Why Thermos Cooking?

It’s Easy

You don’t have to stand over a stove stirring food all day.

Cooking food in a thermos beats standing over a stove or worrying about timers or pulling something out of an oven. Even the worst cook should be able to cook food in a thermos – it’s pretty foolproof.

I like making steel cut oatmeal using Alton Brown’s (of Good Eats fame) excellent recipe, but it requires me to get out my cast iron pan, toast the oats, add water, cook for 20 minutes on the stove, add milk & salt, and then cook and stir for another 10 minutes. It’s a pain and I usually cook a triple batch and put the leftovers in the fridge because it’s more involved than I’d like.

Cooking the same oatmeal in a thermos is much easier and faster. No stovetop stirring or timing and it’s there waiting for me whenever I’m ready to eat.

It’s Efficient

Using a thermos is the most fuel efficient way to cook. Period.

A quality thermos is a marvel of heat retention. The better thermoses retain 75% of the heat even after 24 hours. So, cooking using a thermos is very efficient since the water is heated up once and kept at a high temperature within the confines of this metal vacuum.

Why should I care? It’s not like a gas stove uses more than a few pennies of electricity or gas to fix food.

That’s true, but what if your gas or electric stove isn’t working because of an outage of some kind? Or maybe you like to backpack and have limited gas to burn? Learning how to cook using a thermos is a great preparedness skill and could come in handy sometime when you most need it.

It’s Healthy

Cook with healthy whole grains without the time and trouble.

Most of the recipes we have on the site include whole food ingredients like whole wheat, quinoa, oats, millet, etc. These whole grains are in their perfect form but often aren’t eaten because of the time it takes to cook them using normal methods. A thermos, however, uses it’s heat retention properties to cook these whole grains overnight while you sleep so you get the nutrition of the whole grain with little time and effort.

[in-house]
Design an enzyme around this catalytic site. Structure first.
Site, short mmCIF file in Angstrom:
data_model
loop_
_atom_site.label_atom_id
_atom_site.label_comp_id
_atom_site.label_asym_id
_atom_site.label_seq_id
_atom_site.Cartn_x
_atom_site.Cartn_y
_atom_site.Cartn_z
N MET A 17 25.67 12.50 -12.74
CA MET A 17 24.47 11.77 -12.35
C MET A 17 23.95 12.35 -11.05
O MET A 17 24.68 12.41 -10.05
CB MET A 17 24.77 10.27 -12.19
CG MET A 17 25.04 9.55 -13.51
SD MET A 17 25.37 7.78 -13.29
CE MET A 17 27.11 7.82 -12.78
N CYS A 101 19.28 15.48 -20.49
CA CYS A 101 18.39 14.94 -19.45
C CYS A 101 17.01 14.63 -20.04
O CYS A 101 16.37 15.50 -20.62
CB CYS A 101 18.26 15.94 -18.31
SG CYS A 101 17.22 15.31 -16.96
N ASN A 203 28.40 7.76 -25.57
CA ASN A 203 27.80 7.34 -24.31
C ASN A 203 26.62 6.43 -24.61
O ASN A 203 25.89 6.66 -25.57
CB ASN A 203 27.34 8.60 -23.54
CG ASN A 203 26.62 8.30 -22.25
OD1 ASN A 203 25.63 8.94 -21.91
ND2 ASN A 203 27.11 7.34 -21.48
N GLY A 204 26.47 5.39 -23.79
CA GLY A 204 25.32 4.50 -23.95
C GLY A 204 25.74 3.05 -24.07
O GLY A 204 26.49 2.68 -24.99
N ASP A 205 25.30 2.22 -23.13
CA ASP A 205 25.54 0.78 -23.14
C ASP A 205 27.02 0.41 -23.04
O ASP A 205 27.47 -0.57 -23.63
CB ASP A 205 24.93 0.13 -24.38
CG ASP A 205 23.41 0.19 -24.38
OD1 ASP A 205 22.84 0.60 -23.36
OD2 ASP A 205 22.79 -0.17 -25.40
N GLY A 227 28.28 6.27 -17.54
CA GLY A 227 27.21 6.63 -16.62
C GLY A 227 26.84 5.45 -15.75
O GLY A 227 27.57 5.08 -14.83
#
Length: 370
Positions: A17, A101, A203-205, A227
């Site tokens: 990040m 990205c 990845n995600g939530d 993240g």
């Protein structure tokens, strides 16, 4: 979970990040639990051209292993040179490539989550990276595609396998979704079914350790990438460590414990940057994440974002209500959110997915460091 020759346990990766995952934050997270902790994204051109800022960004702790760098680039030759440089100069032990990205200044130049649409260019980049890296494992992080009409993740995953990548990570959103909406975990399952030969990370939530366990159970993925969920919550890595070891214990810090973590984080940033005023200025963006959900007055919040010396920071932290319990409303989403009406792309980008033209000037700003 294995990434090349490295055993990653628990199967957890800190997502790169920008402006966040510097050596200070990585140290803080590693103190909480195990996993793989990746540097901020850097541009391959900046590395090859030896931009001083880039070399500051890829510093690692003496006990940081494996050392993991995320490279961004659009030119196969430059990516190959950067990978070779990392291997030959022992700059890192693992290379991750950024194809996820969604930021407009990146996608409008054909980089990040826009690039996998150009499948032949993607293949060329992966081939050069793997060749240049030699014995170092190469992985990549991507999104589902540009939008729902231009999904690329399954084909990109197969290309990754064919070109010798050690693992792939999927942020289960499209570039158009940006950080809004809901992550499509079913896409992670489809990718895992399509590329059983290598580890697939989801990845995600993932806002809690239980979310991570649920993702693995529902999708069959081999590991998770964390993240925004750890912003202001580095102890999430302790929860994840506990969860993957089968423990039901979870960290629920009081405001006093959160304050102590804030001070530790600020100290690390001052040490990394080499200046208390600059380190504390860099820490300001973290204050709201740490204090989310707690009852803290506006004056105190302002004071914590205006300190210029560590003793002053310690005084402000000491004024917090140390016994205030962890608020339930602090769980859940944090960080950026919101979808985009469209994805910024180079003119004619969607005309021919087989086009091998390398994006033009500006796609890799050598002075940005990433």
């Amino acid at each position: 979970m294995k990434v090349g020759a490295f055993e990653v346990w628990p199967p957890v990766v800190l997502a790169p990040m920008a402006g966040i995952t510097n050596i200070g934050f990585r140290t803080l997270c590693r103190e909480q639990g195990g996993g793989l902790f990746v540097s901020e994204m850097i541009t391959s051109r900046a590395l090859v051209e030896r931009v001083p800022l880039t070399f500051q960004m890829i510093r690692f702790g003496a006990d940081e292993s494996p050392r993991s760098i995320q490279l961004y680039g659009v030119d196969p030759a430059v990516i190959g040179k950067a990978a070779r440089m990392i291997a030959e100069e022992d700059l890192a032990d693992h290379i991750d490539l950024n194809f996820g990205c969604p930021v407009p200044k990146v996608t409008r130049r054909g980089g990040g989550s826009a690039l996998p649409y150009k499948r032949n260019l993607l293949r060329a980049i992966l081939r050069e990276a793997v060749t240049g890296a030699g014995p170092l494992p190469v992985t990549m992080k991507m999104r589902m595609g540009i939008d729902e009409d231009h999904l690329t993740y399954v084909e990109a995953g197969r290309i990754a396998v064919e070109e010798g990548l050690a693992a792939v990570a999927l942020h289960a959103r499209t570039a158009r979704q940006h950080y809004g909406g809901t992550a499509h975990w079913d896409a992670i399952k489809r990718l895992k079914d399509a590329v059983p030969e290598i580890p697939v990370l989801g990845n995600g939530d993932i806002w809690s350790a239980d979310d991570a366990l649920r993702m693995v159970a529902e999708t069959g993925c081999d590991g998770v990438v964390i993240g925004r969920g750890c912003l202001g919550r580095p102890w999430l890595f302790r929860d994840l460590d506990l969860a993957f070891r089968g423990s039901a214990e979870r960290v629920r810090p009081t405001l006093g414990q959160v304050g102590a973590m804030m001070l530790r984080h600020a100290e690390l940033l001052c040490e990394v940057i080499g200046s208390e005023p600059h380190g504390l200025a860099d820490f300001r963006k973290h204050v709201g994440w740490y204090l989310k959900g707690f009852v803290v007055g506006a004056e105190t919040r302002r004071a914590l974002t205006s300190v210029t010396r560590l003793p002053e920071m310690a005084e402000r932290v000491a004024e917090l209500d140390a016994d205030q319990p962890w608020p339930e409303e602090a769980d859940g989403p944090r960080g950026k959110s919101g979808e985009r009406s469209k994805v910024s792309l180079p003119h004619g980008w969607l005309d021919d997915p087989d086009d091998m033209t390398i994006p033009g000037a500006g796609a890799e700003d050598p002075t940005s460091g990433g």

11 thoughts on “Why Thermos Cooking?”

  1. Can you give me a minimum mount of time oat groats can be cooked in the thermos? In a 24 oz. wide mouthed Stanley, I heated the thermos for 5 minutes using boiling water. After the thermos was heated for 5 minutes, I poured out the boiling water and replaced it with 6oz. of uncooked oat groats and 18 ounces of boiling water. The stopper and lid were put on and the thermos was shaken vigorously.
    I wrapped the thermos in a Pendleton wool blanket and laid it on its side.
    Now, I need to know the least amount of time it will take to cook. Any ideas? my house is at a comfortable temperature and the thermos is on a cushion instead of a cold counter top.

  2. Why don’t you start with the time it would take to cook at a boil, and assume about 10-20% longer?

    If you preheat the thermos, it will keep the thermos at temperature for a long time.

    You might keep a bit more heat in, and speed the cooking time, by wrapping the thermos up, like using a tea-cosy.

  3. Does anyone know how to cook with a vacuum pot. Yes, a vacuum pot (I think it is about 4 liter in volume) I bought from Asia. It is quite popular there but unfortunately there are not a lot of recipes around. I know the most basic recipe for soup but other than that I am lost. I am hoping to use it for whole grains and stuff since it take sooooo looooonnnnngggg to make steel cut oatmeal and using my big slow cooker dries almost half of the oats in the bottom.

  4. I’m looking for a way to cook beans in a thermos. Does someone have a idea? Beans are very healty but take a long time to cook, even after a whole night of soaking.

  5. Thermos make a range of portable slow cooking Thermal Cookers that will cook all of your grains, beans, meats, vegetables and even cakes and breads.
    Look up Thermal Cooware for recipes and ideas.

  6. We purchased Thermos Shuttle Chef online a few months ago which comes with a 8 litre cook pot. This was the best purchase we made in years. We bring whatever we need to cook to a boil, take it off the heat, place it in the Thermos container and forget about it until it is cooked or until we are ready to eat it. Rice takes the same amount of time (but it doesn’t burn nor stick at the bottom). For chick peas, we bring it to a boil in the evening, put the cooking pot in the Shuttle Chef, then go to bed. It is ready the next morning.
    Needless to say, it is always in use because it makes cooking simple and trouble-free.

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